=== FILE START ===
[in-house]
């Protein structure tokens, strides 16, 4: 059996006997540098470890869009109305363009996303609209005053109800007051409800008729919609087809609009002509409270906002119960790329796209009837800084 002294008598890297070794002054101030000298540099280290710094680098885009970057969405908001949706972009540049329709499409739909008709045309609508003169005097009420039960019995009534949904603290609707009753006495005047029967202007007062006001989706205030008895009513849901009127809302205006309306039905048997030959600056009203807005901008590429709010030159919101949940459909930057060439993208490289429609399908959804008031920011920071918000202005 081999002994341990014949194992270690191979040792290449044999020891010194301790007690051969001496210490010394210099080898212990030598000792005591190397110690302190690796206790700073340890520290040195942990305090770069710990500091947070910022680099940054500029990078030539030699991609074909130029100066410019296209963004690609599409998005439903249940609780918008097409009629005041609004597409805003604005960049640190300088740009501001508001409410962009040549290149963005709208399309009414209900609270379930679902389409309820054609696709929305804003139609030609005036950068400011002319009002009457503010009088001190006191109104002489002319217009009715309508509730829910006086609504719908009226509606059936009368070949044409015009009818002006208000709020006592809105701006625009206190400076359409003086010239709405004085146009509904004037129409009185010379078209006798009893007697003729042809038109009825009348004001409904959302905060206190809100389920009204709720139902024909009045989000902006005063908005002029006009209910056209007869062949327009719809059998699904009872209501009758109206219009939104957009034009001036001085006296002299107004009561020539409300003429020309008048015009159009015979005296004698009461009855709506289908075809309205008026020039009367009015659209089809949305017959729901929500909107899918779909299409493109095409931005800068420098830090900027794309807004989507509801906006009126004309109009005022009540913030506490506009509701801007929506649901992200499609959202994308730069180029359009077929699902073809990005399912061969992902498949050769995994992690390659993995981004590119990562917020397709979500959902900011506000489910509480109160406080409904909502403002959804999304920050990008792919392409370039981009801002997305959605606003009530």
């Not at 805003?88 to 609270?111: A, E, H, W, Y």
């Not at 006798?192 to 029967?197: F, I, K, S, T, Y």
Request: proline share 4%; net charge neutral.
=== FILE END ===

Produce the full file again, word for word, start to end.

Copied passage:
[in-house]
């Protein structure tokens, strides 16, 4: 059996006997540098470890869009109305363009996303609209005053109800007051409800008729919609087809609009002509409270906002119960790329796209009837800084 002294008598890297070794002054101030000298540099280290710094680098885009970057969405908001949706972009540049329709499409739909008709045309609508003169005097009420039960019995009534949904603290609707009753006495005047029967202007007062006001989706205030008895009513849901009127809302205006309306039905048997030959600056009203807005901008590429709010030159919101949940459909930057060439993208490289429609399908959804008031920011920071918000202005 081999002994341990014949194992270690191979040792290449044999020891010194301790007690051969001496210490010394210099080898212990030598000792005591190397110690302190690796206790700073340890520290040195942990305090770069710990500091947070910022680099940054500029990078030539030699991609074909130029100066410019296209963004690609599409998005439903249940609780918008097409009629005041609004597409805003604005960049640190300088740009501001508001409410962009040549290149963005709208399309009414209900609270379930679902389409309820054609696709929305804003139609030609005036950068400011002319009002009457503010009088001190006191109104002489002319217009009715309508509730829910006086609504719908009226509606059936009368070949044409015009009818002006208000709020006592809105701006625009206190400076359409003086010239709405004085146009509904004037129409009185010379078209006798009893007697003729042809038109009825009348004001409904959302905060206190809100389920009204709720139902024909009045989000902006005063908005002029006009209910056209007869062949327009719809059998699904009872209501009758109206219009939104957009034009001036001085006296002299107004009561020539409300003429020309008048015009159009015979005296004698009461009855709506289908075809309205008026020039009367009015659209089809949305017959729901929500909107899918779909299409493109095409931005800068420098830090900027794309807004989507509801906006009126004309109009005022009540913030506490506009509701801007929506649901992200499609959202994308730069180029359009077929699902073809990005399912061969992902498949050769995994992690390659993995981004590119990562917020397709979500959902900011506000489910509480109160406080409904909502403002959804999304920050990008792919392409370039981009801002997305959605606003009530």
């Not at 805003?88 to 609270?111: A, E, H, W, Y």
């Not at 006798?192 to 029967?197: F, I, K, S, T, Y």
Request: proline share 4%; net charge neutral.